The slick, super-serious King Arthur offers a new take on the legend of yore. Dispensing with magic, the sword in the stone and the Lady of the Lake, it casts Clive Owen as Artorious, a half-British, half-Roman knight who's spent 15 years warring with the Woads (native Brits given to painting their bodies blue and shouting. A bit like Portsmouth fans). But when Saxon savages invade and the Roman Empire retreats, Art and his rough, tough knights must decide who the real enemy is...
With Pirates Of The Caribbean's Keira Knightley as grrrl-power, Woad warrior Guinevere, it won't take (dark) ages to figure out how this myth-mashing actioner will unravel. Stephen Dillane's non-magical Merlin is a marginal figure and you can tell the Saxons are dastardly because their leader is played by a bored-looking Stellan Skarsgård with a big beard and a nice line in tourist etiquette: "Burn every village, kill everybody".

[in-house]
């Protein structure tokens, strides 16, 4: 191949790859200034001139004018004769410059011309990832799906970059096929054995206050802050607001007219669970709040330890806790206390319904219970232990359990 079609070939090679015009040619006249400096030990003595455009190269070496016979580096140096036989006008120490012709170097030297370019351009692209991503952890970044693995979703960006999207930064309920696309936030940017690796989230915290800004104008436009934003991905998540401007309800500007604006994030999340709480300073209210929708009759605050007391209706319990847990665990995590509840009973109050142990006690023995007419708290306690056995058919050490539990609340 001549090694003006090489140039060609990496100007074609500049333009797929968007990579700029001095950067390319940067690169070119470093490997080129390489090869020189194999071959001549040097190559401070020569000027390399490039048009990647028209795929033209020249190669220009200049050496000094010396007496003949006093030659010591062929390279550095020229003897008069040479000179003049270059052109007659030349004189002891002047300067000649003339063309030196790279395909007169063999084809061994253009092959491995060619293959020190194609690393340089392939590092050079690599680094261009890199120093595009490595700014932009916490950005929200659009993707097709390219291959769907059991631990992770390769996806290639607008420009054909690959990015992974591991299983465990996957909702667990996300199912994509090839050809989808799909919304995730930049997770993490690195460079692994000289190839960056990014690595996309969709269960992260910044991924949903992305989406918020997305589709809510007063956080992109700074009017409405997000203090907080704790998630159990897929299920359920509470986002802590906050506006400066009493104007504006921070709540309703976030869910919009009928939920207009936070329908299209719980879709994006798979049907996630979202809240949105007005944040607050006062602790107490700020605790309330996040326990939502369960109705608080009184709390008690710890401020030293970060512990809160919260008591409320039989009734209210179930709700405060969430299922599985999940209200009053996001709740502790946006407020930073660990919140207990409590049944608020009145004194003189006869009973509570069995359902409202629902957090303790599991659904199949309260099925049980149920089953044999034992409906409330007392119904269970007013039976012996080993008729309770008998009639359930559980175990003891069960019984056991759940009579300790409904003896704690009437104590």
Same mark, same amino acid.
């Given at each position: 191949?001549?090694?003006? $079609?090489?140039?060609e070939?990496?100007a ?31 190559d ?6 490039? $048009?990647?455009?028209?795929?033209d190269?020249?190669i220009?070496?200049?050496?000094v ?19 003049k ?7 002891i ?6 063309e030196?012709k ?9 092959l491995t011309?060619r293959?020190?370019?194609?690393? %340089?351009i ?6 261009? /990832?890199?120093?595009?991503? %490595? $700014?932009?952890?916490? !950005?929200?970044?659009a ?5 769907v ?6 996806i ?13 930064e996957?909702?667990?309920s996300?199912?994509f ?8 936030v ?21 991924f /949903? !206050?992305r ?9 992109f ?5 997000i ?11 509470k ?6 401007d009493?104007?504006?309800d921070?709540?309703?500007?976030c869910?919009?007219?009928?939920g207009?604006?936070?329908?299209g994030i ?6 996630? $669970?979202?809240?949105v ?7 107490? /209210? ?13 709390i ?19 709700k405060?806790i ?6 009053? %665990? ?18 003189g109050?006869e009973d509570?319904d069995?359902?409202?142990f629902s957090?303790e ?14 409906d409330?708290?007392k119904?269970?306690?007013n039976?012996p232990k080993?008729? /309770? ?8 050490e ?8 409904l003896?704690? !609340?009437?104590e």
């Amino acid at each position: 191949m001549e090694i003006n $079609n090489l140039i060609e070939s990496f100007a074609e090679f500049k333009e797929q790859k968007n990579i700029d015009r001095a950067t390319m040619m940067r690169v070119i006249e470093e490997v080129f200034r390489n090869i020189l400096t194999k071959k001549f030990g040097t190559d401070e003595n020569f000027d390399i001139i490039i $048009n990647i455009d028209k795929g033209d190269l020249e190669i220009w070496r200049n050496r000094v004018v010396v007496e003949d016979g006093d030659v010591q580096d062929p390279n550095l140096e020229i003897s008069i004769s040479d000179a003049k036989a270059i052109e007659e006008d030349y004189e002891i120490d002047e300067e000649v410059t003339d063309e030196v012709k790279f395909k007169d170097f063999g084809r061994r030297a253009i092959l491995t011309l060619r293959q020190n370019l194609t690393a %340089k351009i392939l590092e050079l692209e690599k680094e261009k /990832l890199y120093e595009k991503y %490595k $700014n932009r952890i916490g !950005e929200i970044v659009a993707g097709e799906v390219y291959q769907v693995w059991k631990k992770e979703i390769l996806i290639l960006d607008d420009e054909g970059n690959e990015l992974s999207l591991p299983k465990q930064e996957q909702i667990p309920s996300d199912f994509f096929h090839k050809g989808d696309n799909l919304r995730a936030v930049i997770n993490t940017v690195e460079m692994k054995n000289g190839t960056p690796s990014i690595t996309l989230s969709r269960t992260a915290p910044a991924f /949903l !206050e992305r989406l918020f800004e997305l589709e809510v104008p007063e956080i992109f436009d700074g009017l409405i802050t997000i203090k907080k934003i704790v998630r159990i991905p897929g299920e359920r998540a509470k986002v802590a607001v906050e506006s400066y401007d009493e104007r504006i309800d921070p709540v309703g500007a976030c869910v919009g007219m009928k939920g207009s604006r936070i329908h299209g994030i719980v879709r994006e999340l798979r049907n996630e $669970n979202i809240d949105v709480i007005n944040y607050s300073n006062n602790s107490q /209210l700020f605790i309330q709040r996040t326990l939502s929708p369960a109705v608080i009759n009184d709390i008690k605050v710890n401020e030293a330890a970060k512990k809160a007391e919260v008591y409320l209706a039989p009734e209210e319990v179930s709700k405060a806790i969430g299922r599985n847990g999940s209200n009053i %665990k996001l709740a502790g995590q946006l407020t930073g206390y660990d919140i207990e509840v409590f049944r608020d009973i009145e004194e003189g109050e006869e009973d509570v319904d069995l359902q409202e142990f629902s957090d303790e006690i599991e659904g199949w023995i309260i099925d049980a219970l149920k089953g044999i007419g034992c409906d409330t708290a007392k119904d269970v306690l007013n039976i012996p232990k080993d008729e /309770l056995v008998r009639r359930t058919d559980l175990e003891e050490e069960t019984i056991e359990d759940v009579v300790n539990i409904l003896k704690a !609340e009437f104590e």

"THE ACTION SEQUENCES ARE ENERGETIC"
Despite this eeevil, King Arthur lacks a sense of urgency. David Franzoni's script is intent on establishing Arthur as a thoughtful democratic leader, determined to give people "freedom" (surely the most glibly used word in history). It all feels very worthy, very modern, and isn't helped by Owen's delivery. He's fine at fighting but frequently sounds, well, bored. "I want peace," he moans - no doubt so he can go and have a little lie down.
Ioan Gruffudd is much more impressive as Lancelot, while the action set-pieces are suitably energetic - if somewhat bloodless, in an effort to gain a child-friendly 12A rating (the climactic battle in particular, loses a lot of impact by cutting away from the cutting).
Director Antoine Fuqua is obviously influenced by Akira Kurosawa - the seven knights here echo The Seven Samurai - and his intentions are admirable. But he could learn a lesson from another cinema master, John Ford, and the words of a character in his masterful western, The Man Who Shot Liberty Valance: "When the legend becomes fact, print the legend."
King Arthur is released in UK cinemas on Friday 30th July 2004.